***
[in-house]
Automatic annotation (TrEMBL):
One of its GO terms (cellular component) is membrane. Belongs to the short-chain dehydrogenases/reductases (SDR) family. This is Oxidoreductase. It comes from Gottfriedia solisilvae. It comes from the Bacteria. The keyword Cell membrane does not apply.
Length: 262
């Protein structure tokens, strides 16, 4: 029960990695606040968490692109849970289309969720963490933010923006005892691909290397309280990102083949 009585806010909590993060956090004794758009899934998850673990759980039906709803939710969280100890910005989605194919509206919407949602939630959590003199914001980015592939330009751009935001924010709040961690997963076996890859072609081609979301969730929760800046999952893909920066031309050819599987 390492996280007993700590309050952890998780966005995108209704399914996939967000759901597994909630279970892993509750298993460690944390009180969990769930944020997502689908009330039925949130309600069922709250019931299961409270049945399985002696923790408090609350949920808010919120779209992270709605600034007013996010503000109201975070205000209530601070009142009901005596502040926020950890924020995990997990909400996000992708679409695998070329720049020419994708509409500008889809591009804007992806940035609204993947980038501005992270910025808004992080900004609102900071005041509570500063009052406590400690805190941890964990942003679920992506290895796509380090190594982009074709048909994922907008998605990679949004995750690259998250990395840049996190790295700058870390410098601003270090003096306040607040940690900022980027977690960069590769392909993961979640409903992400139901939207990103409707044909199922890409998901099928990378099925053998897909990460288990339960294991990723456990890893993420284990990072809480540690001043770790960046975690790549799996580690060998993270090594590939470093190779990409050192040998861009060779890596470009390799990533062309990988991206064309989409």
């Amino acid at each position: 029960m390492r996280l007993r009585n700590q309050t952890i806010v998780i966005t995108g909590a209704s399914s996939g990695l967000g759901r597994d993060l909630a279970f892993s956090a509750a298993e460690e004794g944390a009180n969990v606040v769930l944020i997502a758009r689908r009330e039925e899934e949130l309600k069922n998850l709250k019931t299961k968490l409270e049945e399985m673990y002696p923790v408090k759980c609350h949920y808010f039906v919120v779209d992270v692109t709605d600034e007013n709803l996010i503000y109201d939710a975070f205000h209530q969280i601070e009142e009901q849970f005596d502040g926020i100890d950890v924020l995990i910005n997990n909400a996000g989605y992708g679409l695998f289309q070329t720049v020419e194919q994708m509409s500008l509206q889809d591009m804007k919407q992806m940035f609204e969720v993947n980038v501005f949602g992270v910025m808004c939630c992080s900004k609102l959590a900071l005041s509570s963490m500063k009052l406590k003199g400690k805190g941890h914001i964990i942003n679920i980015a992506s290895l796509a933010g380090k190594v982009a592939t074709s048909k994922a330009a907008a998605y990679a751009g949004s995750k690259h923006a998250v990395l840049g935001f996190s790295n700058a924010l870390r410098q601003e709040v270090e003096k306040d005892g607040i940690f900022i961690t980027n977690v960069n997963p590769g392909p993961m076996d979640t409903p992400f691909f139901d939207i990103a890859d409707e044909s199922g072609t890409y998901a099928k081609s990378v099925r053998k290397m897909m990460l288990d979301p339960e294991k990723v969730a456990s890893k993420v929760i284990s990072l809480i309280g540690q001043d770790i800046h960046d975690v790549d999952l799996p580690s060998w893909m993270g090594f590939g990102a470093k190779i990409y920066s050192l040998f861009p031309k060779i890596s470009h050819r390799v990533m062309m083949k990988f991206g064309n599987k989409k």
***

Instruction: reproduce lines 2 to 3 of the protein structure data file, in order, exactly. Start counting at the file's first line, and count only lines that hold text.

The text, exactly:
Automatic annotation (TrEMBL):
One of its GO terms (cellular component) is membrane. Belongs to the short-chain dehydrogenases/reductases (SDR) family. This is Oxidoreductase. It comes from Gottfriedia solisilvae. It comes from the Bacteria. The keyword Cell membrane does not apply.